II. TRANSPORTATION AND DOMESTIC FUEL SECURITYCreates a new tax credit for cellulosic biofuels. The bill would create a new $1.01 per gallon tax credit for the production of cellulosic biofuels. This tax credit will be available through 2015. This proposal is estimated to cost $1.145 billion over ten years. Expansion of allowance for property to produce cellulosic alcohol. Under current law, taxpayers are allowed to immediately write off 50% of the cost of facilities that produce cellulosic ethanol if such facilities are placed in service before January 1, 2013. Consistent with other provisions in the bill that seek to be technology neutral, the bill would allow this write off to be available for the production of other cellulosic biofuels in addition to cellulosic ethanol. This proposal is estimated to be revenue neutral over 10 years.
Extension of biodiesel production tax credit; extension and modification of renewable diesel tax credit. The bill extends for one year (through December 31, 2009) the $1.00 per gallon production tax credits for biodiesel and the small biodiesel producer credit of 10 cents per gallon. The bill also extends for one year (through December 31, 2009) the $1.00 per gallon production tax credit for diesel fuel created from biomass. The bill eliminates the current-law disparity in credit for biodiesel and agri-biodiesel and eliminates the requirement that renewable diesel fuel must be produced using a thermal depolymerization process. As a result, the credit will be available for any diesel fuel created from biomass without regard to the process used so long as the fuel is usable as home heating oil, as a fuel in vehicles, or as aviation jet fuel. The bill also clarifies that the $1 per gallon production credit for renewable diesel is limited to diesel fuel that is produced solely from biomass. Diesel fuel that is created by co-processing biomass with other feedstocks (e.g., petroleum) will be eligible for the 50 cent per gallon tax credit for alternative fuels. This proposal is estimated to cost $456 million over 10 years.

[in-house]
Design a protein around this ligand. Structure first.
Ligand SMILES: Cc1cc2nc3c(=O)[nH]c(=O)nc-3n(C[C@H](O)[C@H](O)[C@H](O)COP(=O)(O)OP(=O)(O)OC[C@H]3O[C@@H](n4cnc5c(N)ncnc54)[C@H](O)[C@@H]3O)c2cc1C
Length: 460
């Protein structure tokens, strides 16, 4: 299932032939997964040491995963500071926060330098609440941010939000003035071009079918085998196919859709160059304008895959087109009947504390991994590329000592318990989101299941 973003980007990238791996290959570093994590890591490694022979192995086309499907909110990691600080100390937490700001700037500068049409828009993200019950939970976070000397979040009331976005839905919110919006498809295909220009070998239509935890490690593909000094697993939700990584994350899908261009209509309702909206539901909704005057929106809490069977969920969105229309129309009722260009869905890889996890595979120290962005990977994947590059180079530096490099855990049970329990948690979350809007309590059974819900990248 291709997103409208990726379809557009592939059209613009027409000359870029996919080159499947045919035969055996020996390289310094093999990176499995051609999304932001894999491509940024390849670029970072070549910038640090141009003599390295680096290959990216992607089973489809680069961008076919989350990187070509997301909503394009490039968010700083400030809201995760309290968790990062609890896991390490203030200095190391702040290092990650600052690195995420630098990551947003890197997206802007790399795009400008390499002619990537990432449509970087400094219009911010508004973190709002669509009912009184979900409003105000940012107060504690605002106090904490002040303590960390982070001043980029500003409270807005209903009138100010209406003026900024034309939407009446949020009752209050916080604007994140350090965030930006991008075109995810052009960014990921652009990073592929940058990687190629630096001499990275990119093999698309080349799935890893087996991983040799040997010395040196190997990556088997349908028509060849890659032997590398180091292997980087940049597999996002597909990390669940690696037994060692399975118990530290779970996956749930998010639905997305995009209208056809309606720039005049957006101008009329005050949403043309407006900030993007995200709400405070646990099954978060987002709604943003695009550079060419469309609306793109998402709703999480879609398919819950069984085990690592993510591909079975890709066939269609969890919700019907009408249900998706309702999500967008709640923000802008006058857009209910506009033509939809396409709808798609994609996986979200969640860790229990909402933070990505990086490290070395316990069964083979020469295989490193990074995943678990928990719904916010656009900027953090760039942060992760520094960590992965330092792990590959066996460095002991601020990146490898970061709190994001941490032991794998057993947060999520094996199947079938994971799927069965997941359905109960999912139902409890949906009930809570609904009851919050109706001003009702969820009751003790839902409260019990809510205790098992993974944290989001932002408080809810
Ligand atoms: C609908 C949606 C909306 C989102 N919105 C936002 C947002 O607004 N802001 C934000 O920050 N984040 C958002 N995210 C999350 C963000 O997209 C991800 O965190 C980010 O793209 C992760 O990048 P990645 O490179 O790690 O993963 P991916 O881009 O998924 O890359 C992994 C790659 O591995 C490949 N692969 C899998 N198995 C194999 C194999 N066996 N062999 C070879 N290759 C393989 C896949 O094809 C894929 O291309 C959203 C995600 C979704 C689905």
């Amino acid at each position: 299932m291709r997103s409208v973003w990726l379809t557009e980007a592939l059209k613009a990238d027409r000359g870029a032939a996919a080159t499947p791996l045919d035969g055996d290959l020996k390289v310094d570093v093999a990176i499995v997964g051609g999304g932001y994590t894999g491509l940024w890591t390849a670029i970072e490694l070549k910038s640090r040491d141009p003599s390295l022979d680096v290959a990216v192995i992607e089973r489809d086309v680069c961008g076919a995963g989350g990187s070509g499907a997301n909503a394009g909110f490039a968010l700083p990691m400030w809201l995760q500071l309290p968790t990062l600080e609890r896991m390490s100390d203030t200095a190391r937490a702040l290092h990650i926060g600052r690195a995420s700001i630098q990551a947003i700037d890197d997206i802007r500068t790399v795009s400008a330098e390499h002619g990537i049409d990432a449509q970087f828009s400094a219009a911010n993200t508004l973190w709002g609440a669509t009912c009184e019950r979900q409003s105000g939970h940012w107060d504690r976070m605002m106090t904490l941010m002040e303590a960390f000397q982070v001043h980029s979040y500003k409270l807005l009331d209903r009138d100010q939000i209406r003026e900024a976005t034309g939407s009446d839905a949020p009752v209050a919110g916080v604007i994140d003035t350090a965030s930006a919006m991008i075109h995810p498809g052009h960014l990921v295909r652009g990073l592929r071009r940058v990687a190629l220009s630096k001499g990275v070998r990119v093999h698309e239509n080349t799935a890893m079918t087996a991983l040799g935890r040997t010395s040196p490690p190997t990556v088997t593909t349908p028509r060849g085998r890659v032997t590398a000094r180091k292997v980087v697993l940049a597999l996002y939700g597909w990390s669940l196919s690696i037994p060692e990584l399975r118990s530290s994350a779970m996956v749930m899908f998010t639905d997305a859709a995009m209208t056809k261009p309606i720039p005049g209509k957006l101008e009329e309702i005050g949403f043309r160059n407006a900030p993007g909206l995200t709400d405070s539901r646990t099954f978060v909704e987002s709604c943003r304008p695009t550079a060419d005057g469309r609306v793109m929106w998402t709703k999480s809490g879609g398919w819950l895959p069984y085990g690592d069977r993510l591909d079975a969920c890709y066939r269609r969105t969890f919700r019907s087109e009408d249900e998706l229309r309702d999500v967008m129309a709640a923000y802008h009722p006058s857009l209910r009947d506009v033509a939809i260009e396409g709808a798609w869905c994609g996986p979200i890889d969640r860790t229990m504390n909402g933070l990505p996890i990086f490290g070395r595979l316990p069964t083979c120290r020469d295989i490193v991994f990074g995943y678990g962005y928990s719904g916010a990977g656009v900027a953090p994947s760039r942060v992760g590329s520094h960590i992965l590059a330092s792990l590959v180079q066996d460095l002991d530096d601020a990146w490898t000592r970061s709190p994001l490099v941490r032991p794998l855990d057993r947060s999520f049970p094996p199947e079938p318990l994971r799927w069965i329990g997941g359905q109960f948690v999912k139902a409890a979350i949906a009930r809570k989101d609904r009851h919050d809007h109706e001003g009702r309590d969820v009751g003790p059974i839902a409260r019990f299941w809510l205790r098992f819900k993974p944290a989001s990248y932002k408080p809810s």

Reduces and modifies the ethanol tax credit. The bill reduces the current-law ethanol tax credit by more than 10% from 51 cents per gallon to 45 cents per gallon. In addition to this change, the bill would also limit the extent to which denaturants (i.e., chemicals added to ethanol and other alcohol fuels to make them undrinkable) may be counted in calculating the available credit. This proposal is estimated to raise $1.327 billion over 10 years.
Plug-in electric drive vehicle credit. The bill establishes a new credit for each qualified plug-in electric drive vehicle placed in service during each taxable year by a taxpayer. The base amount of the credit is $3,000. If the qualified vehicle draws propulsion from a battery with at least 5 kilowatt hours of capacity, the credit amount is increased by $200, plus another $200 for each kilowatt hour of battery capacity in excess of 5 kilowatt hours up to 15 kilowatt hours. Taxpayers may claim the full amount of the allowable credit up to the end of the first calendar quarter after the quarter in which the manufacturer records 60,000 sales. The credit is reduced in following calendar quarters. The credit is available against the alternative minimum tax (AMT). This proposal is estimated to cost $1.056 billion over 10 years.
Incentives for idling reduction units and advanced insulation for heavy trucks. The bill provides an exemption from the heavy vehicle excise tax for the cost of idling reduction units, such as auxiliary power units (APUs), which are designed to eliminate the need for truck engine idling (e.g., to provide heating, air conditioning, or electricity) at vehicle rest stops or other temporary parking locations. The bill would also exempt the installation of advanced insulation, which can reduce the need for energy consumption by transportation vehicles carrying refrigerated cargo. Both of these exemptions are intended to reduce carbon emissions in the transportation sector. This proposal is estimated to cost $96 million over 10 years.